NEW YORK B — NEW YORK -- What is the essence of Essence? It depends on whom you ask.
To Tamara Hutchinson, a 20-year-old South Bronx, N.Y., woman, it is a good name to call yourself if you are an up-and-coming rap artist whose song is featured in the hit movie, "New Jack City."
To Edward Lewis, publisher of Essence magazine, it is a valuable trademark name -- built on 20 years of serving primarily young, black female readers -- that should not be used without permission.
But to New York federal judge Charles Haight, the battle over the name "Essence" is a complex legal dispute, worthy of a 66-page decision that ultimately sided with Hutchinson's use of her newfound stage name.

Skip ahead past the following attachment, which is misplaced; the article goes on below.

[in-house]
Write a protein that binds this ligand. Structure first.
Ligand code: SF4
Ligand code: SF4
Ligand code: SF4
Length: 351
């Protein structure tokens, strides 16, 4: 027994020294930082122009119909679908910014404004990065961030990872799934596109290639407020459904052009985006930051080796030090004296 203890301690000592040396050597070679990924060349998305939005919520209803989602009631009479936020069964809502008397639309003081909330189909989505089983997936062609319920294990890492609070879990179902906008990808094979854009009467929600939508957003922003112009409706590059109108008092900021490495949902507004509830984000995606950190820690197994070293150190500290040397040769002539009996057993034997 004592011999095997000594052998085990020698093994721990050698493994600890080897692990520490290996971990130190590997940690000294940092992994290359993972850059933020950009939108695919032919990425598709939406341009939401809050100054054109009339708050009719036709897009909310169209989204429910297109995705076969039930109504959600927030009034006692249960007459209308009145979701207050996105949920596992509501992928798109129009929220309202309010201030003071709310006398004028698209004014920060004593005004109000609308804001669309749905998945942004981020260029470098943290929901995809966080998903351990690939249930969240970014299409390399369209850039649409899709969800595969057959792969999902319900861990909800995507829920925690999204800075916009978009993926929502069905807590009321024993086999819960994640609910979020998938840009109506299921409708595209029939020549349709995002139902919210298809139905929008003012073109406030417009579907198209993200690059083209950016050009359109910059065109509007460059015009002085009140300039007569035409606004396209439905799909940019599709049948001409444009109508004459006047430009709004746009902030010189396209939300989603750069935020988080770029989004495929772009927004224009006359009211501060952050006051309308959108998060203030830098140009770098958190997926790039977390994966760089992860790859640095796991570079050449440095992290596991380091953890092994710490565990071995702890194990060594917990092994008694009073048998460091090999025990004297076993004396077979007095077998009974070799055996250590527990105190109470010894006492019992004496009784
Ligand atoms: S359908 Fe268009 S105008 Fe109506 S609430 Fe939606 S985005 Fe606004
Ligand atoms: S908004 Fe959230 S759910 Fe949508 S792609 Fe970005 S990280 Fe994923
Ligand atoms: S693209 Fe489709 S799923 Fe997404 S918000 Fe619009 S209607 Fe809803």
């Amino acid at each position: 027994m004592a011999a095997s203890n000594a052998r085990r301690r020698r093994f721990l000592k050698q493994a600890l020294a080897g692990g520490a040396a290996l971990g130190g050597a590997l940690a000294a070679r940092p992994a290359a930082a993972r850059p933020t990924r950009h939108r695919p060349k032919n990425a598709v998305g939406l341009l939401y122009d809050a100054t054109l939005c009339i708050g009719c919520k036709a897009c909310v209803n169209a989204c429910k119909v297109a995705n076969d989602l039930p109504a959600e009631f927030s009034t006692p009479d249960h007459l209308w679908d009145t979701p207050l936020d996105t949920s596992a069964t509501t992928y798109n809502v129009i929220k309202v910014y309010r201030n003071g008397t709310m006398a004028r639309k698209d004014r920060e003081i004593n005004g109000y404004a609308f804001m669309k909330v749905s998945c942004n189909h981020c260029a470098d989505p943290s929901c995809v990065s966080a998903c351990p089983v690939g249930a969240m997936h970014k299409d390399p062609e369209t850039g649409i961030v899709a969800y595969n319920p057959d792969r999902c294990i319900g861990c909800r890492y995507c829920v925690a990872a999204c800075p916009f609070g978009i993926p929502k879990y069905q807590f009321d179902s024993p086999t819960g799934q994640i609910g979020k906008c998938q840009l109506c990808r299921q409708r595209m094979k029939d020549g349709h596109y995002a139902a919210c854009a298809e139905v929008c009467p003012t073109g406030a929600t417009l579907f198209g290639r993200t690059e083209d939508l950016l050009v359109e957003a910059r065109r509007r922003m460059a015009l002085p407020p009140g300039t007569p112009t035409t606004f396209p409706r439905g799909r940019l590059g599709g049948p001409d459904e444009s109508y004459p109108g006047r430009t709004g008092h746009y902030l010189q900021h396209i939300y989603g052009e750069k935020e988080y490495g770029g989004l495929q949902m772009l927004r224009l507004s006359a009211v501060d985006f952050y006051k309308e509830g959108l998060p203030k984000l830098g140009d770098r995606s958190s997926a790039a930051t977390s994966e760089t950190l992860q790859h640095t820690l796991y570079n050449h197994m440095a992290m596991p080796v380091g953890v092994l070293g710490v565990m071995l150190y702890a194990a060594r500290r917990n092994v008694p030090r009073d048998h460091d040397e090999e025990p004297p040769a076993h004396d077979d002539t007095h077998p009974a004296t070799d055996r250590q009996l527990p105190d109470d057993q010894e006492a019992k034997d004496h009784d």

The dispute began earlier this year when Lewis saw "New Jack City" and noticed that one of the film's songs, "Lyrics 2 the Rhythm," was recorded by a singer with a familiar name -- Essence.
Lewis' attorneys soon sent a "cease and desist" letter to Hutchinson, her producer, Joseph Saddler (who is also known as "Grand Master Flash") and to their record company, Giant Records.
After a lengthy trial, Haight said in a ruling last month that rap music and the movie "New Jack City" appealed to a wider audience than the magazine's audience of 850,000 readers. As a result, the judge said, the singer's use of the Essence name did not cause enough confusion to constitute a trademark infringement.
K? Lewis says his attorneys are considering a possible appeal.